Opened in October 1981, the Musée des Troupes de Marine is one of fifteen armed forces museums. Its collections reveal the history of the naval troops and of France overseas. It also holds educational workshops, conferences, temporary exhibitions and painting exhibitions.
A museum looking at the history, science and techniques of art and military traditions, along with human adventures, the Musée des Troupes de Marine evokes and illustrates the story through its museum pieces, archives and iconographic documents.
The history of arms that gave France its colonial empire acts as a guide to the history of France overseas. 120 display cases, 55 uniforms, 100 firearms and knives, from the 1769 Navy sword to the Lefaucheux revolver from 1858, and 250 decorations.
Paintings make it possible to present all the uniforms worn by the ‘Marsouins’, ‘Bigors’ and sharpshooters of the 17th century to the 1930s.
The history presented in the museum spans nearly four centuries.
In 1622, Richelieu created the “one hundred companies of the sea”, the first naval infantry troop.
From the 18th century indigenous troops were recruited, first the Sepoys in India (1750) and then the ‘Laptots’ from Gorée in Senegal (1765).
The royal corps of infantry was created in 1769 and replaced in 1772 by the royal naval corps. For the first time, the Order Flag bore the navy anchor, a symbol that the naval troops still keep today.
Memories of the old regime are rare in the museum, but include among others the first regulation-issue gun in the navy (1779).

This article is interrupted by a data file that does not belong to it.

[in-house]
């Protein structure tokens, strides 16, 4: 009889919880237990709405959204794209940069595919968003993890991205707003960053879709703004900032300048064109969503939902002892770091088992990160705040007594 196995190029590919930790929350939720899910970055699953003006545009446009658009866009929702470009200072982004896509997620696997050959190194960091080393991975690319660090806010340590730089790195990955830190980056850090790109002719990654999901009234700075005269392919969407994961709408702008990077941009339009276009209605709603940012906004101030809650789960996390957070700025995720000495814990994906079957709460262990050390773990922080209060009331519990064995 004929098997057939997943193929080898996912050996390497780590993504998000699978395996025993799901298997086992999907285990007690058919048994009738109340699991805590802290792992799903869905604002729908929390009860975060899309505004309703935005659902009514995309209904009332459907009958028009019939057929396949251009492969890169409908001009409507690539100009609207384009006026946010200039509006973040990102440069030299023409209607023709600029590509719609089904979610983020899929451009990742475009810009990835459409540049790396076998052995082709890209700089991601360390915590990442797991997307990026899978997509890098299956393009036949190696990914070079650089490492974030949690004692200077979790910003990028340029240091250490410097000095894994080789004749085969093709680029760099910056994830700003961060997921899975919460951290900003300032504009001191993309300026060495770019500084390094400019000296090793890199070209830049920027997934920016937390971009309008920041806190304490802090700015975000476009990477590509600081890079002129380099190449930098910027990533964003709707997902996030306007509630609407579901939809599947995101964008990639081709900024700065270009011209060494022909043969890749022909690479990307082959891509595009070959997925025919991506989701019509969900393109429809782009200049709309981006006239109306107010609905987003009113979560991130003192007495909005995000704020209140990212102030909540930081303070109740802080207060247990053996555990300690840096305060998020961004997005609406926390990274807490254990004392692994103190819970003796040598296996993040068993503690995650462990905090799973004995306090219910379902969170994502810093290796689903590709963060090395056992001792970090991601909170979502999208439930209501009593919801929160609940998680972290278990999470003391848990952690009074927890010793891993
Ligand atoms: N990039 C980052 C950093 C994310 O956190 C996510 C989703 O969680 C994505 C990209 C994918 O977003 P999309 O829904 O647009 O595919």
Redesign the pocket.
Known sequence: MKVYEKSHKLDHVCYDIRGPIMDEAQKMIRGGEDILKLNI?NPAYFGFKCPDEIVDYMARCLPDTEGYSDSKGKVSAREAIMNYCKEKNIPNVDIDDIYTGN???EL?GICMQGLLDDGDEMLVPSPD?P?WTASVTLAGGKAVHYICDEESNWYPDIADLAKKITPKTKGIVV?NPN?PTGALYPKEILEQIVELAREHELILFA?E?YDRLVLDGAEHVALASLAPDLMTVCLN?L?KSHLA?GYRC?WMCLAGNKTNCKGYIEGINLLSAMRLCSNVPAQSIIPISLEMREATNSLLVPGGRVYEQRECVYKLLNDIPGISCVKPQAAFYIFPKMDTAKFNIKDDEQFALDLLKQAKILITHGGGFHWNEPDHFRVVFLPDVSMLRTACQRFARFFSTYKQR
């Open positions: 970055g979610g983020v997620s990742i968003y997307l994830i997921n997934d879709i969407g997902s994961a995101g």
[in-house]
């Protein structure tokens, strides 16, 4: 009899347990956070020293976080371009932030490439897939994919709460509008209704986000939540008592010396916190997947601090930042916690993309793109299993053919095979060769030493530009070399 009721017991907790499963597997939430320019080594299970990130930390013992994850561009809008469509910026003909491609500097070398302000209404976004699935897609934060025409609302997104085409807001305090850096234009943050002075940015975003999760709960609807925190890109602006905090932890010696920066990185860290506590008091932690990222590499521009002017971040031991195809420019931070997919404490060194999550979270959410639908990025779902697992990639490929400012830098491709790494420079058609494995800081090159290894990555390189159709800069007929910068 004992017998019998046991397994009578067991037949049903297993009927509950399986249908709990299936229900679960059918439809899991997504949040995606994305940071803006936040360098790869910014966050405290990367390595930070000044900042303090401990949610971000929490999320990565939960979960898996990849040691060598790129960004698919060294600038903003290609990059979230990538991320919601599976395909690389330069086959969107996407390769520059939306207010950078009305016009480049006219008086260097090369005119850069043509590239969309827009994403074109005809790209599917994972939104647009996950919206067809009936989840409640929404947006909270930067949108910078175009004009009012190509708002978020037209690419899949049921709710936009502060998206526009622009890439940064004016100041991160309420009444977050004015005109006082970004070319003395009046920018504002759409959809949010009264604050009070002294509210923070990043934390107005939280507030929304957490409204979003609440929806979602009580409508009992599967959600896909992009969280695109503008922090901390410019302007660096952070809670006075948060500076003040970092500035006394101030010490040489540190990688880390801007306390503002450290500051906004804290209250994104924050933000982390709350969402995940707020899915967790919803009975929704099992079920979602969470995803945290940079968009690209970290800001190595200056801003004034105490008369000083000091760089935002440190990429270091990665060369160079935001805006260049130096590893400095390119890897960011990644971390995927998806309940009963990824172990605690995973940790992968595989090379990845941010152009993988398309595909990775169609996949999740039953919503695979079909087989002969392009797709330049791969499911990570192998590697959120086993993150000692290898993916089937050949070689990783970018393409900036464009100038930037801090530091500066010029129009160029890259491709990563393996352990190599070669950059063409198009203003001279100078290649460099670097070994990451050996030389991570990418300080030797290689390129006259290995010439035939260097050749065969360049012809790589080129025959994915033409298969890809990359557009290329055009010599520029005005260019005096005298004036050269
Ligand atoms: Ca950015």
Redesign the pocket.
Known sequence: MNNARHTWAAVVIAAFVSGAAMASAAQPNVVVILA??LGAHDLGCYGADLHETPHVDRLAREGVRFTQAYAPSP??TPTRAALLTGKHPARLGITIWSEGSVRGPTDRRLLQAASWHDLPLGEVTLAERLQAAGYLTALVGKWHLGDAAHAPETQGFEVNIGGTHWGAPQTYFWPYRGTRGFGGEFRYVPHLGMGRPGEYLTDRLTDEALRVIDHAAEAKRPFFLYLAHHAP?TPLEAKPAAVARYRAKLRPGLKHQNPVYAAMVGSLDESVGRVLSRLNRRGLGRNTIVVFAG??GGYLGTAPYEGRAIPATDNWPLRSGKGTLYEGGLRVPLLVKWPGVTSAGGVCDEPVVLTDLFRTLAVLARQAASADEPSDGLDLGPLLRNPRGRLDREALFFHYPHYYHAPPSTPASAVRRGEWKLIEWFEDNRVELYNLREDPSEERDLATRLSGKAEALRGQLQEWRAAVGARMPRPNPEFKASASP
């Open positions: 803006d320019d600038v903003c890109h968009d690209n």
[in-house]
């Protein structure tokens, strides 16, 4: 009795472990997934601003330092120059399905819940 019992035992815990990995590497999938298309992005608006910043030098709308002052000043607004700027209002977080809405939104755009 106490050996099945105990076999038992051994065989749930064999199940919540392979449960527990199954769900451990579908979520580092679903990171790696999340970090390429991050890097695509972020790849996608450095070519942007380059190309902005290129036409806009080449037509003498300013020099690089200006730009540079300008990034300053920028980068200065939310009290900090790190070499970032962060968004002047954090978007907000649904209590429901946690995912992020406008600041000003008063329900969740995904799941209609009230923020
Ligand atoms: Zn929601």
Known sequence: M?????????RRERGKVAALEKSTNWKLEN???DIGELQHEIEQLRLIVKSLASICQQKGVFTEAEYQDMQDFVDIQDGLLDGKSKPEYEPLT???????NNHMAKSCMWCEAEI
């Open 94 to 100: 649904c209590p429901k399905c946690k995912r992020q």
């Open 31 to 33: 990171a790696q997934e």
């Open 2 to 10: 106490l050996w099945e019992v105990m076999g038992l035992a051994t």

Navy artillery participated in the campaigns over the Empire, in particular Lützen (1813), the oldest battle inscribed on naval emblems.
In the 20th century, only being transported aboard vessels, the naval foot soldiers were nicknamed ‘Marsouins’, or porpoises, by the sailors referring to the sea mammals that often accompany ships.
Some display cases present the battles of the “Division Bleu” which fought until “the last bullet” in the Ardennes in 1870, in Bazeilles. Every year since 1986, Fréjus has hosted the major weapons gathering on 31 August – the day of the “Festival of Bazeilles”.
The colonial history of the Third Republic is represented with souvenirs of Africa, the Pacific, and Indochina.
In 1900, the naval troops left the navy and were attached to the Ministry of War (Army), under the name of “Colonial Troops”
Among the famous colonial officers, is Marshal Gallieni, omnipresent in the museum, who adopted Fréjus as his home town. The museum has the Koch car he used in Madagascar from 1900 to 1905.
Six display cabinets cover the Great War from 1914 – 1918. The colonial exhibition and the 14 July parade in 1931 are remembered through posters and a miniature parade re-enactment.
The Second World War is also represented, as are the wars fought in Indochina and Algeria.
The colonial troops became overseas troops in 1958, then once again naval troops in 1961.
The museum has not forgotten weapon subdivisions or the now lost specialities: colonial stewardship, the equipment and buildings service, colonial telegraph operators, the ‘méharist’ camel cavalry, airmen and the medical service which also has an important place.
A brief summary of recent operations is also represented.
Conservatoire du Patrimoine des Troupes de Marine, the museum is also a venue for various other activities. Conferences, (hall with 200 seats), temporary exhibitions.
Created in 1996, its overseas troops history and study centre (CHETOM) is an official Ministry of Defence archive. 12,000 books, 800 boxes of archives, are open to researchers and historians for consultation.